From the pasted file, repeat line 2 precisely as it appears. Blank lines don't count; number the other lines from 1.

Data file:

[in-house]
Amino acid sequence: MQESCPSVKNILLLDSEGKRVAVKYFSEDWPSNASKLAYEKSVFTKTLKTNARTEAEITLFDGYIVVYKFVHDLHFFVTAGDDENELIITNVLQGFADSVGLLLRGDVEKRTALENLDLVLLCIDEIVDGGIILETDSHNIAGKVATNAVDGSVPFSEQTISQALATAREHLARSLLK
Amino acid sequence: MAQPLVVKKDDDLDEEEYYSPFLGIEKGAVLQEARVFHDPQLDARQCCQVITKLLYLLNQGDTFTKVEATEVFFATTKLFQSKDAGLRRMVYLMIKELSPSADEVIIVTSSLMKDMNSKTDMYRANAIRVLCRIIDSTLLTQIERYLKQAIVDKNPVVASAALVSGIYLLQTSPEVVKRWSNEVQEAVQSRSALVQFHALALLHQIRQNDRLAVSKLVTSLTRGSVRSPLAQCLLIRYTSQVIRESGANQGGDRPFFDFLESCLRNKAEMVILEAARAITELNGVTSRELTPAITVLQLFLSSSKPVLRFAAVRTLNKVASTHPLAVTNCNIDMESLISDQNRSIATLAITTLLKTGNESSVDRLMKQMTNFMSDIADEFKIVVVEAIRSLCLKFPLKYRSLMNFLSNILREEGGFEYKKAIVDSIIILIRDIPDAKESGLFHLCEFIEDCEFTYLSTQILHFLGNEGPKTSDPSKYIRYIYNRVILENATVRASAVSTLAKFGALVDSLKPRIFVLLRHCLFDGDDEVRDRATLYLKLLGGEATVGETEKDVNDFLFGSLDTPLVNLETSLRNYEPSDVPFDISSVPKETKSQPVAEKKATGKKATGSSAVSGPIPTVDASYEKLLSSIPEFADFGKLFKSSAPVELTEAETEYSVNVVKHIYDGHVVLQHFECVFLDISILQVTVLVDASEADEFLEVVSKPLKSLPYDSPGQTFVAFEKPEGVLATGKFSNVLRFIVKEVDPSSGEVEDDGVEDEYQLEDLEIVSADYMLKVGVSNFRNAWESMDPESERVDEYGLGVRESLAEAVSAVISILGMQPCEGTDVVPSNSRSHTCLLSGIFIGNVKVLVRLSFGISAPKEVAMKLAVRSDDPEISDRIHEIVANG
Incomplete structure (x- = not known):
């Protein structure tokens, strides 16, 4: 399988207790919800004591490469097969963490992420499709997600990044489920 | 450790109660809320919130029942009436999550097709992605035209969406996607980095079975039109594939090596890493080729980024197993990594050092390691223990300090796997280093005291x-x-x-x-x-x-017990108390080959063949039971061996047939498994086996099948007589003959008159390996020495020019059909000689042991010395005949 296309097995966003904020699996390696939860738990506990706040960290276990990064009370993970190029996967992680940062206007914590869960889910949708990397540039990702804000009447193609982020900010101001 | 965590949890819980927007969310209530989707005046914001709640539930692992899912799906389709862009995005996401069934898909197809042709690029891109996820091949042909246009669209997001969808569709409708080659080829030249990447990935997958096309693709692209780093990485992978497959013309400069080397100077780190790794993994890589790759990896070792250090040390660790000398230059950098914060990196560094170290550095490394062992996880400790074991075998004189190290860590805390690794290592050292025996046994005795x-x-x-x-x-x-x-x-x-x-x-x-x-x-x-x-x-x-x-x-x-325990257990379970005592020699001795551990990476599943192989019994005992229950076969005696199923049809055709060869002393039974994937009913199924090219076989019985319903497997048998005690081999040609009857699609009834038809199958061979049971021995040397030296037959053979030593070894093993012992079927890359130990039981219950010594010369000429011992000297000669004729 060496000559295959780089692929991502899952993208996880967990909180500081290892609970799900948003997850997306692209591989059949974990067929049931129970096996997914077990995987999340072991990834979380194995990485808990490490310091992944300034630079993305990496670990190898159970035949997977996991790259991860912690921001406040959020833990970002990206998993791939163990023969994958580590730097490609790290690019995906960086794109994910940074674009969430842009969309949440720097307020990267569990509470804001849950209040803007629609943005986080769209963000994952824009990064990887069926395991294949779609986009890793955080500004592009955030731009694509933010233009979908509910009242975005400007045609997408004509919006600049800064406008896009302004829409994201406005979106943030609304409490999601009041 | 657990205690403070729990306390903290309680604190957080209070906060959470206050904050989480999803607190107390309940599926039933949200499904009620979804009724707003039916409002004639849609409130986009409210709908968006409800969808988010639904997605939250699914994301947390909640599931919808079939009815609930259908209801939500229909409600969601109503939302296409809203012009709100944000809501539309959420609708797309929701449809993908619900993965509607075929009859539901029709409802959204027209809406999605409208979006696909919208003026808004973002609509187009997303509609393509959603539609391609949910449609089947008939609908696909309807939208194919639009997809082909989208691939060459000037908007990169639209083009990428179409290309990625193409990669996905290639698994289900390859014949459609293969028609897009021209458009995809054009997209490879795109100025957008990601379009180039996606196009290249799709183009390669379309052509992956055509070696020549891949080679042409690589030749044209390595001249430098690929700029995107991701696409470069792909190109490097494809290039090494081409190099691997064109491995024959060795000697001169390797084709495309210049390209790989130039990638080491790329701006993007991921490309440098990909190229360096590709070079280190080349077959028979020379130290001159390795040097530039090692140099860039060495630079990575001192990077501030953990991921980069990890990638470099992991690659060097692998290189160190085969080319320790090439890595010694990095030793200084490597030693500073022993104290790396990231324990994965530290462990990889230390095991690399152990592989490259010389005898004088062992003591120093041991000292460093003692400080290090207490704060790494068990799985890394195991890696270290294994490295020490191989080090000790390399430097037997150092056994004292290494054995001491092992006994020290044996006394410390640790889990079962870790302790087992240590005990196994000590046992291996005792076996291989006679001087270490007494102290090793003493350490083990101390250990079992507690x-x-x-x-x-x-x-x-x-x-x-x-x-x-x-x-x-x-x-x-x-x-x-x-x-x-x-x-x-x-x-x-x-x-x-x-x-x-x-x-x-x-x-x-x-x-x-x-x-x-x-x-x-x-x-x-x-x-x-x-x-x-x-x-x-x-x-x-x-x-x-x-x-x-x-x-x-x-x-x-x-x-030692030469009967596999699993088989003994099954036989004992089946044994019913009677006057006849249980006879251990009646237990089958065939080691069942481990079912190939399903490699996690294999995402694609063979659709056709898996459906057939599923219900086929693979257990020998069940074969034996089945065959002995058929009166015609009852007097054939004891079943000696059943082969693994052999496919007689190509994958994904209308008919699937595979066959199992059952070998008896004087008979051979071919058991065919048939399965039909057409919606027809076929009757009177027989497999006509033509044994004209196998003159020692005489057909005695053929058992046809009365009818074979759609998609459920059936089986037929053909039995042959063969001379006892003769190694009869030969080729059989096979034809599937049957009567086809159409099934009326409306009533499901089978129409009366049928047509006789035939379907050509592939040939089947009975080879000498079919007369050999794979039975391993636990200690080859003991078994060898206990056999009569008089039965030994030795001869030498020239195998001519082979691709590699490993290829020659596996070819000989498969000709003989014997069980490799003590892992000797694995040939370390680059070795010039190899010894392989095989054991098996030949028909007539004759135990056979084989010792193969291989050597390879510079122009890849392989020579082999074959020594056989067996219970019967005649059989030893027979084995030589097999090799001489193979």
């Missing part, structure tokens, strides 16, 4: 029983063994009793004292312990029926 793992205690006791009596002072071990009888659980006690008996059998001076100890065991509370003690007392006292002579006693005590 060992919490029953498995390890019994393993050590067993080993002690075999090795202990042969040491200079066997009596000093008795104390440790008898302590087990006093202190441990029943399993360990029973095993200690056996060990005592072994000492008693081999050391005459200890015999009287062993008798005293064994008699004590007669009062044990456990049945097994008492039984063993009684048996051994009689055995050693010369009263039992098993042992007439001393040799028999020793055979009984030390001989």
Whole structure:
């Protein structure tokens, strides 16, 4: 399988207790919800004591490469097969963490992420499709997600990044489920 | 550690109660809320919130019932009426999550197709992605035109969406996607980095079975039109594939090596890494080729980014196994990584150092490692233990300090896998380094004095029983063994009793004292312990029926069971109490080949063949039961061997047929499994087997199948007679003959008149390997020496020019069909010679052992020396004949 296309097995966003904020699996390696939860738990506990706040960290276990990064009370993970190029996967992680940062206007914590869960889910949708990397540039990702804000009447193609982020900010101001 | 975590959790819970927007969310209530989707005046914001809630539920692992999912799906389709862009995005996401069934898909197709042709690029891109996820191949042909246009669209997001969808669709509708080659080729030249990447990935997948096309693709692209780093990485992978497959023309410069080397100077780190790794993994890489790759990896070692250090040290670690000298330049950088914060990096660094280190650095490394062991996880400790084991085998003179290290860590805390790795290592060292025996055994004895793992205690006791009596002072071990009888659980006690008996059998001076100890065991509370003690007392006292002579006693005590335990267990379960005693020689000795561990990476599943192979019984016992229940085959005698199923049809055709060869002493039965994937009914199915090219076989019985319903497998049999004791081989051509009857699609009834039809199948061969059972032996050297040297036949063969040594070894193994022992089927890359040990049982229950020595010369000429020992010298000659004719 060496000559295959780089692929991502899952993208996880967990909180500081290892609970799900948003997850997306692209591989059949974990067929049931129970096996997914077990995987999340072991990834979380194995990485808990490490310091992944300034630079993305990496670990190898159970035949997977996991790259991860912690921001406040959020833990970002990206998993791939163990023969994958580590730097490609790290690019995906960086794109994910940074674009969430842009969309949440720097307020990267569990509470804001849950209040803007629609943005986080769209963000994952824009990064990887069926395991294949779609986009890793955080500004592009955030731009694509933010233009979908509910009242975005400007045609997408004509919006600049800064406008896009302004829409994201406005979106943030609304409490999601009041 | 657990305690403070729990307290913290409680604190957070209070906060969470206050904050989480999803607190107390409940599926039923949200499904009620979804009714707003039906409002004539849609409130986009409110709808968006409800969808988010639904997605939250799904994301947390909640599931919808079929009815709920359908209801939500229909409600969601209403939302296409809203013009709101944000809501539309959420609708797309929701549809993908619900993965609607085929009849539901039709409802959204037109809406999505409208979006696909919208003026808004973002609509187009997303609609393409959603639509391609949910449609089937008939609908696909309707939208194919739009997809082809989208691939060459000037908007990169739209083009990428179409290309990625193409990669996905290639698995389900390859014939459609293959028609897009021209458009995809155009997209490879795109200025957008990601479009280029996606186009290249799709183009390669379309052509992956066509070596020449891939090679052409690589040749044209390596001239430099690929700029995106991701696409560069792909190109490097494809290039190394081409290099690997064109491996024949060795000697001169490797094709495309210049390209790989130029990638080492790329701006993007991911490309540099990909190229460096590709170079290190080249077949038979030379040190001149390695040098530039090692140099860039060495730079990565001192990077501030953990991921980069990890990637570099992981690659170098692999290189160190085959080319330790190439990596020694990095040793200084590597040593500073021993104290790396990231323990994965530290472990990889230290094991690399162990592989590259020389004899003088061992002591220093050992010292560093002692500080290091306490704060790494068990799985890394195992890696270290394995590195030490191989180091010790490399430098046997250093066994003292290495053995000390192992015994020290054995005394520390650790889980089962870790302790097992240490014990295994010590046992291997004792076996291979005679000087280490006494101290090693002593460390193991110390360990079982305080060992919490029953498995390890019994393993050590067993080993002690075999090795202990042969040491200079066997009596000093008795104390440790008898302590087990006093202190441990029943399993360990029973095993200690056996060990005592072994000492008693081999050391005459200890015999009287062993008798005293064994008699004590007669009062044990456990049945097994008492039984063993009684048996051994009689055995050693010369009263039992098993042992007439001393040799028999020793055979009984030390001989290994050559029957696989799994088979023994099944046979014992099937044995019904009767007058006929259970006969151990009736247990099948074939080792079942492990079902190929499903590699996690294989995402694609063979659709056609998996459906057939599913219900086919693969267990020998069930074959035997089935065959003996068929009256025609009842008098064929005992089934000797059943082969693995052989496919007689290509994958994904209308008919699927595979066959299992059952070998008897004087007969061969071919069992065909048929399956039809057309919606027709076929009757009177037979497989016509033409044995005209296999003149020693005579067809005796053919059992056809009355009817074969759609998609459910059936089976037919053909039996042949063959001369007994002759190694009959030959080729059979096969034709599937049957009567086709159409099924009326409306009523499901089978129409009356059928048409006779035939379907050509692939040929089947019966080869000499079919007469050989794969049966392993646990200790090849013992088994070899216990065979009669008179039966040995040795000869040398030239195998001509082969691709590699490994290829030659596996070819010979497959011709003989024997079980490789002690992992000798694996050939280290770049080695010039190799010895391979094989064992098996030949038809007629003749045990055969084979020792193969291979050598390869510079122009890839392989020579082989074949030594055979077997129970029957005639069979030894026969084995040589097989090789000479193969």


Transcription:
Amino acid sequence: MQESCPSVKNILLLDSEGKRVAVKYFSEDWPSNASKLAYEKSVFTKTLKTNARTEAEITLFDGYIVVYKFVHDLHFFVTAGDDENELIITNVLQGFADSVGLLLRGDVEKRTALENLDLVLLCIDEIVDGGIILETDSHNIAGKVATNAVDGSVPFSEQTISQALATAREHLARSLLK